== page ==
Last night, Angel Hernandez did the Oakland Athletics and Major League Baseball no favors, but Bud Selig has a chance to correct his egregious mistake. In the ninth inning, a ball, which at first glance didn’t appear to be a home run, was a home run, and the umpires with the assistance of instant replay got the play wrong twice. There is no excuse for this in an era of high definition and instant replay. I’ve written many times before about not being a fan of instant replay, not only because in general I don’t think it holds officials accountable, but because I believe the systems are setup incorrectly.
After the game, Hernandez said he didn’t have enough evidence to overturn the call. There are but two explanations for this statement: Hernandez is blind or the replay system in the umpires locker room at Progressive Field doesn’t have access to the all the video feeds that everyone else does.
If he is blind, which he obviously is not, it is time for him to retire or move to a position as a supervisor. If the feeds he has access to aren’t the same as everyone else, whomever is responsible for that needs to be held accountable today.
Time date of the incorrect call shouldn’t matter, but imagine if last night’s error had occurred during the playoffs? Oh, right it has.
The only obvious solution to this problem, which is one that big three sports leagues need to adopt, is the same one in which NHL uses: move ALL instant replay functions to a central location. This is the easiest solution because the people in the central location have no bias for or against the call they just made, and it takes all the pressure off the on-location game officials and puts it squarely where it belongs: on the league office.
It’s become obvious in the high-stakes, and big money pressure situations that on-location game officials miss these calls when they count the most. Last night’s game in Cleveland was just the latest example, but imagine if supervisors in New York had the opportunity to review the call in Seattle that cost Green Bay on Monday Night Football last season? In both cases, it is almost a certainty the calls would have been reversed and the correct call would have been made.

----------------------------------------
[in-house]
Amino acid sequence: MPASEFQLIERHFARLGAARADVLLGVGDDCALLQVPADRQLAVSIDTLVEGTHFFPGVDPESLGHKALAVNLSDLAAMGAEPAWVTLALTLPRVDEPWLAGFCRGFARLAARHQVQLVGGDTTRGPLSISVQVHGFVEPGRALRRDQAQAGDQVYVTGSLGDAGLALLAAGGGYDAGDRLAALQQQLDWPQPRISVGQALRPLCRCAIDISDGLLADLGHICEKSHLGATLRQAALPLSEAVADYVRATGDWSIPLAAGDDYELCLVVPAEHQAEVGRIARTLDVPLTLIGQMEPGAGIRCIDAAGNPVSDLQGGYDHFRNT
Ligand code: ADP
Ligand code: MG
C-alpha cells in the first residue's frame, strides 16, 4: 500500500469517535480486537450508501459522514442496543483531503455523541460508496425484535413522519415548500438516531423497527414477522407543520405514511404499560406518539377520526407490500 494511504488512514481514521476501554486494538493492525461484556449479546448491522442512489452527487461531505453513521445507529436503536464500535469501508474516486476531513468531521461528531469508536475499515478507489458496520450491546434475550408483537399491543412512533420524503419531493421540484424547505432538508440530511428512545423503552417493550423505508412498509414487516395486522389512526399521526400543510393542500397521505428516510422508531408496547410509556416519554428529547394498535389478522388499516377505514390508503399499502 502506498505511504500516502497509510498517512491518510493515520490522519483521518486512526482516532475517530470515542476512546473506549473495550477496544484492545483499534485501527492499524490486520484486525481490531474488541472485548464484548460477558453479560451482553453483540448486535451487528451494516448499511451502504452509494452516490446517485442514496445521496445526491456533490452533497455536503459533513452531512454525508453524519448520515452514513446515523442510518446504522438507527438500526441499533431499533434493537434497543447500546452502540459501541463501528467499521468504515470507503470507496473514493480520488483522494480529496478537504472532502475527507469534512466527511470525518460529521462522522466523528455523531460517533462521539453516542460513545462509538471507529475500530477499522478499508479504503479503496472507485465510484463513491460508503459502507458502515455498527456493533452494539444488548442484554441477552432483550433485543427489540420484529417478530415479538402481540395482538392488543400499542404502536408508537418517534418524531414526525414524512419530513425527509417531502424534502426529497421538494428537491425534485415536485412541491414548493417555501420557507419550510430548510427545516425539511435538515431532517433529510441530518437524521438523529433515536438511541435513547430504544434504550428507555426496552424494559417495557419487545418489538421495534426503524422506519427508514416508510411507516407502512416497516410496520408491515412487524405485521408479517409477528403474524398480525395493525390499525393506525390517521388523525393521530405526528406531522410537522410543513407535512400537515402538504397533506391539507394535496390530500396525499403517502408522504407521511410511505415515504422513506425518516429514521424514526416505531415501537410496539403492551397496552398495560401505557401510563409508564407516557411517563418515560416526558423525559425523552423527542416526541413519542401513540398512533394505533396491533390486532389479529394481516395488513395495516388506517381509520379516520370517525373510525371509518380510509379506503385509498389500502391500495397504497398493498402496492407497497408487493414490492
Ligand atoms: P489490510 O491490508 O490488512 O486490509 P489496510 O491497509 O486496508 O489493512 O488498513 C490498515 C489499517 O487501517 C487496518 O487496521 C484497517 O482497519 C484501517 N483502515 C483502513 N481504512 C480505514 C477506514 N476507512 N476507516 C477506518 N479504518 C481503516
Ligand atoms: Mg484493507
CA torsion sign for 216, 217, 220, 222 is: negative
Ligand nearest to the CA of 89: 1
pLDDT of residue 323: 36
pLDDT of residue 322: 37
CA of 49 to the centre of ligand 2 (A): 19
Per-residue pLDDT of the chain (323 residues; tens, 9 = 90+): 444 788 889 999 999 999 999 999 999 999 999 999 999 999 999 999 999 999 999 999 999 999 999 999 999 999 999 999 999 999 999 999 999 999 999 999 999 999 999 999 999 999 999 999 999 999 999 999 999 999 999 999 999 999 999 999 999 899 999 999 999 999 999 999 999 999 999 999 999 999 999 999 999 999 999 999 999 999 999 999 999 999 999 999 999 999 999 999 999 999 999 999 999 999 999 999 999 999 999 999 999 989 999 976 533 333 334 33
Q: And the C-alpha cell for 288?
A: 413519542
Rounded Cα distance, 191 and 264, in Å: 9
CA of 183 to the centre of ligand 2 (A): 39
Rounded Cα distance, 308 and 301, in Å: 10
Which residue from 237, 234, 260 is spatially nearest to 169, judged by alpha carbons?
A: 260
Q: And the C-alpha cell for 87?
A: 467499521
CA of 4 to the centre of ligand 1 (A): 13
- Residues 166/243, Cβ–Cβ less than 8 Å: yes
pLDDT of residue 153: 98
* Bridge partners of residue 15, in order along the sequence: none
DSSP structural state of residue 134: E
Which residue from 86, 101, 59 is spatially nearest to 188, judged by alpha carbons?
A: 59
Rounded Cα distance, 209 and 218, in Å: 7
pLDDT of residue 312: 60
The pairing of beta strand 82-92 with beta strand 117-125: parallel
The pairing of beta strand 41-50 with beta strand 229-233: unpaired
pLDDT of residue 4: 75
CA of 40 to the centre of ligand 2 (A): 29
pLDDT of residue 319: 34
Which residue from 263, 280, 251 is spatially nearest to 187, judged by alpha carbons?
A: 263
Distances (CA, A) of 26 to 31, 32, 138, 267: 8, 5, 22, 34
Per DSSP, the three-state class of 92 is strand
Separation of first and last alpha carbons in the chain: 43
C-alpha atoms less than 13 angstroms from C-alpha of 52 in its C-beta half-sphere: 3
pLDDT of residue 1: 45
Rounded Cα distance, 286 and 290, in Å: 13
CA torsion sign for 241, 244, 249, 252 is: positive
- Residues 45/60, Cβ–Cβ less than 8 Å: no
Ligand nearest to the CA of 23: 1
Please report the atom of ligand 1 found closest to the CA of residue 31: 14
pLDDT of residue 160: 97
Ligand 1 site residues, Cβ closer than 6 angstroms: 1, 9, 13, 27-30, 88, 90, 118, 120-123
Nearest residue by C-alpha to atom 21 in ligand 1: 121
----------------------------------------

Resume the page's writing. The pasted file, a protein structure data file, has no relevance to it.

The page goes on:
Along with this, Major League Baseball needs to, through immediate cooperation with the umpires union, make available all disciplinary information on umpires on their game decisions. I honestly, don’t care if umpires goad players into arguments that result in ejections, but more important to me is how accurate their calls are at the plate and bags. Those calls have an effect on every play of every game. Along with making this information available, we need to start to see the transition from unqualified umpires to those who are better and rate higher. Age is no factor in this argument.
If you’re 65 and rate in the highest percentile then you get to keep your job. Make no mistake, some of the worst game managers and umpires are those that are newer and younger. Being a younger umpire doesn’t make you a good umpire.
The bottom line is, Angel Hernandez got last night’s play wrong, and it likely cost the Oakland Athletics the game last night, but as any official will say the most important thing to them is getting the play correct.